“Do you know why I chose you to fill our open intern spot, Claire?” Isabela asked.

My eyes flicked to hers. She was outrageously beautiful in a way I’d never seen in real life. Not simply beautiful, but glamorous and successful too.

“I don’t know, no,” I replied, surprised Isabela had anything to do with the hiring of interns. But when I thought of it, I shouldn’t have been surprised. There were around forty people working here, and Isabela knew everyone’s names without blinking. She must have had a hand in each facet of the business.

Her red lips split into a smile. “We went to the same college, and your letter of recommendation came from my favorite professor. How could I turn away a fellow Terrapin?”

I blinked twice before I smiled back. “Go Terps, I guess.”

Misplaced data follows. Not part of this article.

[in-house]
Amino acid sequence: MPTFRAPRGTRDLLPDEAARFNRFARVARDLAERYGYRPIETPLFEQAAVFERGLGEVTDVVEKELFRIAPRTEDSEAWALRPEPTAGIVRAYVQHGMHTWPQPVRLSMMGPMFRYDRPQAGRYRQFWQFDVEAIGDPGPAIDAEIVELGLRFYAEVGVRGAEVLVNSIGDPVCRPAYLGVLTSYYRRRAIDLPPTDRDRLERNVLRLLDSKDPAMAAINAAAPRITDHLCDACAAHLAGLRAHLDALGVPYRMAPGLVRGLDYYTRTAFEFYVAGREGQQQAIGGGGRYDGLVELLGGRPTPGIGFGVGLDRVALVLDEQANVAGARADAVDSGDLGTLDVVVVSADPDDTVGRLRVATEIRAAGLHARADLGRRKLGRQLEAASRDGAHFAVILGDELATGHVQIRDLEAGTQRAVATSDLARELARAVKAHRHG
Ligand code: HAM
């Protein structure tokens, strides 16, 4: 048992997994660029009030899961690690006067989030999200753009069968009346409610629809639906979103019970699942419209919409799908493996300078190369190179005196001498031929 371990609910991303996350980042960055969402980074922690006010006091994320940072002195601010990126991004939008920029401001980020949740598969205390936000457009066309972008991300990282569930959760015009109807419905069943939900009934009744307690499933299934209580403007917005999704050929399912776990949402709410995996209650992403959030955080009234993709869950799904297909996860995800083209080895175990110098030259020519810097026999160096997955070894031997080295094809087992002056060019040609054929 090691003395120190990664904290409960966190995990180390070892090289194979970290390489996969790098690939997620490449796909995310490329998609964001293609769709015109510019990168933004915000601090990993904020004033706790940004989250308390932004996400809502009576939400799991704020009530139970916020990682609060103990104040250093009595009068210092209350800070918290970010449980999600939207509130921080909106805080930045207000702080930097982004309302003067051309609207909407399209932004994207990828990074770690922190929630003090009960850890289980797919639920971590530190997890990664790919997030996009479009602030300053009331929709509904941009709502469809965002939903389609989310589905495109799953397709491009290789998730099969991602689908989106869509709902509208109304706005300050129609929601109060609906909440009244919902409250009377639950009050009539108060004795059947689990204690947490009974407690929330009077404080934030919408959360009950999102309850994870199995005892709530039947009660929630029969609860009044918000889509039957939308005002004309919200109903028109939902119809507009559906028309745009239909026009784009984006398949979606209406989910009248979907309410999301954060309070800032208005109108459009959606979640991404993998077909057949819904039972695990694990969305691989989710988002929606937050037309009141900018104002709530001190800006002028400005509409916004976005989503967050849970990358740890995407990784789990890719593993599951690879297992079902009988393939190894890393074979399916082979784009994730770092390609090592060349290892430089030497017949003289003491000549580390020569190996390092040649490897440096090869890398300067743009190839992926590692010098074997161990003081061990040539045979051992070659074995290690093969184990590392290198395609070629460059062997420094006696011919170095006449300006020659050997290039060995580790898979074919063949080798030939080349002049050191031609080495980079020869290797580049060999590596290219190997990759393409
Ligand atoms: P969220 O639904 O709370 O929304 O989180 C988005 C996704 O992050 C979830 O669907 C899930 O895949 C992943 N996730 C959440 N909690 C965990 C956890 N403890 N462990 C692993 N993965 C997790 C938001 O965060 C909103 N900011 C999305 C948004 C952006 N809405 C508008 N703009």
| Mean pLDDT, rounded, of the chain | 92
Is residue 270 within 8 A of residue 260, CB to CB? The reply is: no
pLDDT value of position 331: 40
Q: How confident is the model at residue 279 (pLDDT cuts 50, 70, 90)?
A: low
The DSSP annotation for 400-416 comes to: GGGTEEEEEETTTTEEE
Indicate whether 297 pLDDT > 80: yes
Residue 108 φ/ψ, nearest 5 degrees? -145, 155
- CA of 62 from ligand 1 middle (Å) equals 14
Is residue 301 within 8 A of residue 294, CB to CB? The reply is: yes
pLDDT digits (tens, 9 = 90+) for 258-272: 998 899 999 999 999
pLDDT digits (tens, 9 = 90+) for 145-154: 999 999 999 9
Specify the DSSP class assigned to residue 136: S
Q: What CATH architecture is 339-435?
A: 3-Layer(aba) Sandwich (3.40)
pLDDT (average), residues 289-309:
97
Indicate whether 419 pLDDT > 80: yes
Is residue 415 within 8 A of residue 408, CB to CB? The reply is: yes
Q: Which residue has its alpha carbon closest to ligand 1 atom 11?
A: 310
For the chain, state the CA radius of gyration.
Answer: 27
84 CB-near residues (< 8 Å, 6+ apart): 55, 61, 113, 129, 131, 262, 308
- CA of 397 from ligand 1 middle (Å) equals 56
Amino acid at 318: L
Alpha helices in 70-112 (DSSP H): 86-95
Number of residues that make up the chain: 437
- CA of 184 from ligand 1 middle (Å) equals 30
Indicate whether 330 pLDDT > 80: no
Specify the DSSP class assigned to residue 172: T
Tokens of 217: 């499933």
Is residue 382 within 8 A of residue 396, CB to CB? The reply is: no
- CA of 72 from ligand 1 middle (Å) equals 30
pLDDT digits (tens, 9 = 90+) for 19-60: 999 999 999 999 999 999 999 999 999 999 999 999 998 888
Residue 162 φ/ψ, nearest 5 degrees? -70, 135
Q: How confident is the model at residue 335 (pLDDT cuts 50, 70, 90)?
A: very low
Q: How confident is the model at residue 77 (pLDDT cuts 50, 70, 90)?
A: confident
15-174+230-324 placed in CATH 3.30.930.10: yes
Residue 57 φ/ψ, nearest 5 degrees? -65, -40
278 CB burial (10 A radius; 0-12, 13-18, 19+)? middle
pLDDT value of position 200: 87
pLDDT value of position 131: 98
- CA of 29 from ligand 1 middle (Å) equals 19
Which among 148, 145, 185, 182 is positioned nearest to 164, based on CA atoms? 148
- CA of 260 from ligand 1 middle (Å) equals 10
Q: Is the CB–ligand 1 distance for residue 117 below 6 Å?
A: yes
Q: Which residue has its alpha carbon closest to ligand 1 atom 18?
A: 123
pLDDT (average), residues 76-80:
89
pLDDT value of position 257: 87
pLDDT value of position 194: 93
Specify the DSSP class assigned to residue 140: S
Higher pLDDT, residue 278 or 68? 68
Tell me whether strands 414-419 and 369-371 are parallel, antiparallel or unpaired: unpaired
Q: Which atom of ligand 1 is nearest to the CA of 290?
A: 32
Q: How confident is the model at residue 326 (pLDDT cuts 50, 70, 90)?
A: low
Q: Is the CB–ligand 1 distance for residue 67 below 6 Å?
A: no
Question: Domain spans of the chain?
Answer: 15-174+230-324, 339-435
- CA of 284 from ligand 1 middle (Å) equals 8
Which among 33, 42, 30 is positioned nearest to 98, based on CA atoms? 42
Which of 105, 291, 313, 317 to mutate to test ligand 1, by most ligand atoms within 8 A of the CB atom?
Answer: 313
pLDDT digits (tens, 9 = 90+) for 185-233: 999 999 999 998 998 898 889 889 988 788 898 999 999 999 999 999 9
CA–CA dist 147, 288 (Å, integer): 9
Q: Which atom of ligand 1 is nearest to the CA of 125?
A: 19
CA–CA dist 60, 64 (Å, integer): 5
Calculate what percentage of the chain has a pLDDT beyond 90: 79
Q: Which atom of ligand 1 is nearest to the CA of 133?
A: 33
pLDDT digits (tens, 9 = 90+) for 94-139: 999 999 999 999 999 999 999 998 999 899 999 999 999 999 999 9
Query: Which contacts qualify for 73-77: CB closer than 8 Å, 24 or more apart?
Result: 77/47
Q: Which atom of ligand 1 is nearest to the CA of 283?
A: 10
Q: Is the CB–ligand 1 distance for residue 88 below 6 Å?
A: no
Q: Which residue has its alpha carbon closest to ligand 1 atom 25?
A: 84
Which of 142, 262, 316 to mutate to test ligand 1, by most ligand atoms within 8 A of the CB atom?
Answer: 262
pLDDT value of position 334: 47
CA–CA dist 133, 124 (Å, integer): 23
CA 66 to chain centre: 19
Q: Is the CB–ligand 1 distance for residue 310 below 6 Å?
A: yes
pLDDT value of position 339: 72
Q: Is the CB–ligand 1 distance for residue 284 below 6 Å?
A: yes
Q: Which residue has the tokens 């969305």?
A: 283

That made her let out a breathy laugh. “Right. Well, my college days are long gone. The point is, I took notice of you when you started working here, and I’ve seen how diligent you are. What you said in today’s meeting really resonated with me, and you voiced one of my frustrations with this business.”

“Um…thank you.” I had no idea what to say to that.

She shook her head. “Don’t say ‘um,’ Claire. Kill that from your vocabulary right now.”

I sat up straighter. “I will.”

“Good.” She spread her hand out on the table, swiping back and forth. “I want to talk to you about something delicate. This might come out inappropriately, but I promise, it needs to be said. I have a job offer for you.”

“I have a job.” I pointed to the table. “Here.”

“Of course. You would still be working for me, but you’d be promoted to PR assistant and working directly under me for one of my personal clients. You’d have to travel in the upcoming months, and this client can be…difficult.”

I waited for the inappropriate shoe to drop. “That sounds okay. I don’t mind traveling.”

She leaned forward, lowering her voice even though we were alone. “You’d be working for Dominic Cantrell. Are you familiar with him?”

“Yes.” I’d been listening to his music just before the meeting. I swallowed hard.